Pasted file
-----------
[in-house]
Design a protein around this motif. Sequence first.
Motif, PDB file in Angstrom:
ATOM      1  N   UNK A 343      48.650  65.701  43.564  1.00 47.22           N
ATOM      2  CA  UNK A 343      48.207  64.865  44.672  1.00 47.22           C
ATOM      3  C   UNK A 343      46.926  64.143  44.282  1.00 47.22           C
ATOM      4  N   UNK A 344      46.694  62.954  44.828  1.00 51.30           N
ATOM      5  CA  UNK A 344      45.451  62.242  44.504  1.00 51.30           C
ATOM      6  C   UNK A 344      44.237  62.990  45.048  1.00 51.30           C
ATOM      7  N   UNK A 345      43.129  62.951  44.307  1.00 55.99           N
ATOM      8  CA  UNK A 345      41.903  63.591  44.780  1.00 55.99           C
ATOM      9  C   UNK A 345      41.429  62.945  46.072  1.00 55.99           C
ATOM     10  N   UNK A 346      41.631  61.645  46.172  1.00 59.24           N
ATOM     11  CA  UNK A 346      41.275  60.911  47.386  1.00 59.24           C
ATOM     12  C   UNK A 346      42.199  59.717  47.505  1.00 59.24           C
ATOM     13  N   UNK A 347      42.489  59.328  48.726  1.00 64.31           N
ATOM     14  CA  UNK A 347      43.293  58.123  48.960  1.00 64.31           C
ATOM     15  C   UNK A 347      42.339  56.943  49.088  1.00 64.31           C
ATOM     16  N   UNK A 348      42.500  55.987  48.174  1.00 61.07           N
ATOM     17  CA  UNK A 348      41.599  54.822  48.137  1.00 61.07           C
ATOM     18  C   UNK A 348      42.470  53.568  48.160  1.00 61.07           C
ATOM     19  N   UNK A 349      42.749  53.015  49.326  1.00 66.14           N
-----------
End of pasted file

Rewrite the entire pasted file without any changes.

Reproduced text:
[in-house]
Design a protein around this motif. Sequence first.
Motif, PDB file in Angstrom:
ATOM      1  N   UNK A 343      48.650  65.701  43.564  1.00 47.22           N
ATOM      2  CA  UNK A 343      48.207  64.865  44.672  1.00 47.22           C
ATOM      3  C   UNK A 343      46.926  64.143  44.282  1.00 47.22           C
ATOM      4  N   UNK A 344      46.694  62.954  44.828  1.00 51.30           N
ATOM      5  CA  UNK A 344      45.451  62.242  44.504  1.00 51.30           C
ATOM      6  C   UNK A 344      44.237  62.990  45.048  1.00 51.30           C
ATOM      7  N   UNK A 345      43.129  62.951  44.307  1.00 55.99           N
ATOM      8  CA  UNK A 345      41.903  63.591  44.780  1.00 55.99           C
ATOM      9  C   UNK A 345      41.429  62.945  46.072  1.00 55.99           C
ATOM     10  N   UNK A 346      41.631  61.645  46.172  1.00 59.24           N
ATOM     11  CA  UNK A 346      41.275  60.911  47.386  1.00 59.24           C
ATOM     12  C   UNK A 346      42.199  59.717  47.505  1.00 59.24           C
ATOM     13  N   UNK A 347      42.489  59.328  48.726  1.00 64.31           N
ATOM     14  CA  UNK A 347      43.293  58.123  48.960  1.00 64.31           C
ATOM     15  C   UNK A 347      42.339  56.943  49.088  1.00 64.31           C
ATOM     16  N   UNK A 348      42.500  55.987  48.174  1.00 61.07           N
ATOM     17  CA  UNK A 348      41.599  54.822  48.137  1.00 61.07           C
ATOM     18  C   UNK A 348      42.470  53.568  48.160  1.00 61.07           C
ATOM     19  N   UNK A 349      42.749  53.015  49.326  1.00 66.14           N